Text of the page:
Flipboard, launched in July 2010 three months after the debut of the original iPad, has now over 100 million users, and recently started rolling out an update to their Cover Stories layout to organize articles by source, social network and topic.
Straight from the Inside Flipboard blog:
Who doesn’t love GIFs? Flipboard readers have already incorporated them into lively magazines like “Just GIF It,” “GIF Pop” and “GIF Me a Break.” Already on Android, GIF support comes to Flipboard for iPad and iPhone—so now anyone can collect and share their favorites in a magazine. (To celebrate, we’ve got some GIF-centric magazines we love featured today in By Our Readers. Tap on the red ribbon to find them in the Content Guide.)
In Flipboard 2.0.5 (App Store link), you’ll also get access to the latest Top Stories in Tech, News, Business, and Sports. Flipboard is also emphasizing the social aspects of their app by making it easier to find curators and prompting you to share your magazine with others once you’ve saved ten articles.
I don’t like it when third-party apps or services force me to share links to articles or webpages using their own custom shortened links. I understand the appeal of personalized short domains – after all, we tweet mcstr.net links with the @macstoriesnet account – as they can provide analytics to track clicks, can save characters, and, at least in theory, they “look cool”. However, I’ve been long considering the idea of dropping our mcstr.net links, but I think the issue is worse (and more annoying) for apps and services that don’t tweet links to their own content (like we do) but that override others’ links with different domains. An example is Pocket, which gives you the clean, original URL when you choose the “Copy Link” action from the sharing menu, but that instead returns pocket.co links when sending text to Drafts (which I do often). I’ve grown tired of this practice (in Pocket and other services), and I’ve put together a workflow based on a Python script that allows me to easily resolve short links without having to open the browser and tap on multiple menus.
I’m a big fan of Flipboard’s magazine feature, which was introduced earlier this year with version 2.0 of the app. By leveraging Flipboard’s existing presentation style – capable of re-formatting web articles, videos, and photos with a beautiful print-like layout – magazines allow anyone to put together a collection of interesting links that others can subscribe to, read, and share. I am subscribed to dozens of Flipboard magazines and I send links to my Games one on a daily basis.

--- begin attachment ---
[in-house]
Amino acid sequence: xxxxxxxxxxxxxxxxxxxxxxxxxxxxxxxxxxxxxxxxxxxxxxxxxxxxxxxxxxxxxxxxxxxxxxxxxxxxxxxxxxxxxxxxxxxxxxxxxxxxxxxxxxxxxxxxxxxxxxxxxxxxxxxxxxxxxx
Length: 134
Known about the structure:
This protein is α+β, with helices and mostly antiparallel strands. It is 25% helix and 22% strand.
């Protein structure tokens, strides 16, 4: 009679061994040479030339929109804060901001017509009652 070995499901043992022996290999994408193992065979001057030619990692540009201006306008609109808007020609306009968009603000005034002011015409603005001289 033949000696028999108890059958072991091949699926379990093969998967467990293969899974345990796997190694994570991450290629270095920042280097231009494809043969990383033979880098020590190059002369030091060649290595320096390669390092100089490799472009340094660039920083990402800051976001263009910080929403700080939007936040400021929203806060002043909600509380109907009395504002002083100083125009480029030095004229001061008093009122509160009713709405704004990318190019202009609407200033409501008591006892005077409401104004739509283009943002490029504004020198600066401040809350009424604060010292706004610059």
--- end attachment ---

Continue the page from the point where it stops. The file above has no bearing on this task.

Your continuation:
Most of my automation tips stem from minor annoyances with default solutions, so yesterday I decided to create a simple, yet effective Drafts URL action to easily open Flipboard’s share interface without having to read a webpage in the browser.
Having just shipped a web editor for managing magazines, Flipboard released a small update this morning that focuses on bringing forward basic readership activity and the magazines your friends are curating, as well as adding more options for sharing articles with a new share menu.
Flipboard is continuing to flesh out features related to magazines by first revisiting profiles. Profiles have been updated to display some basic information such as the number of magazines you’re sharing and the number of readers that are currently subscribed to the content that you’re curating. You can’t delve into any kind of trend data at the moment (as you can with Pocket for Publishers for example) — all Flipboard is providing are simple stats that don’t divulge specifics.
Magazines, being a focal point since Flipboard hit verison 2.0, are now included in an additional Friends category as you open the Content Guide. Instead of searching for topics or things you like, you can browse the magazines your friends are publicly curating and subscribe to them. Friends, for example, can be pulled in from Twitter if you’ve added your Twitter account for browsing Tweets and links.
The share menu has been vastly improved, and I’m very happy with what’s been done to make sharing links easier than ever. Flipboard now plugs into a variety of social networks, letting you tap icons for Facebook, Twitter, and Google+ in addition to email and sharing via SMS. There’s also new options for copying links to the articles and saving photographs to the Camera Roll.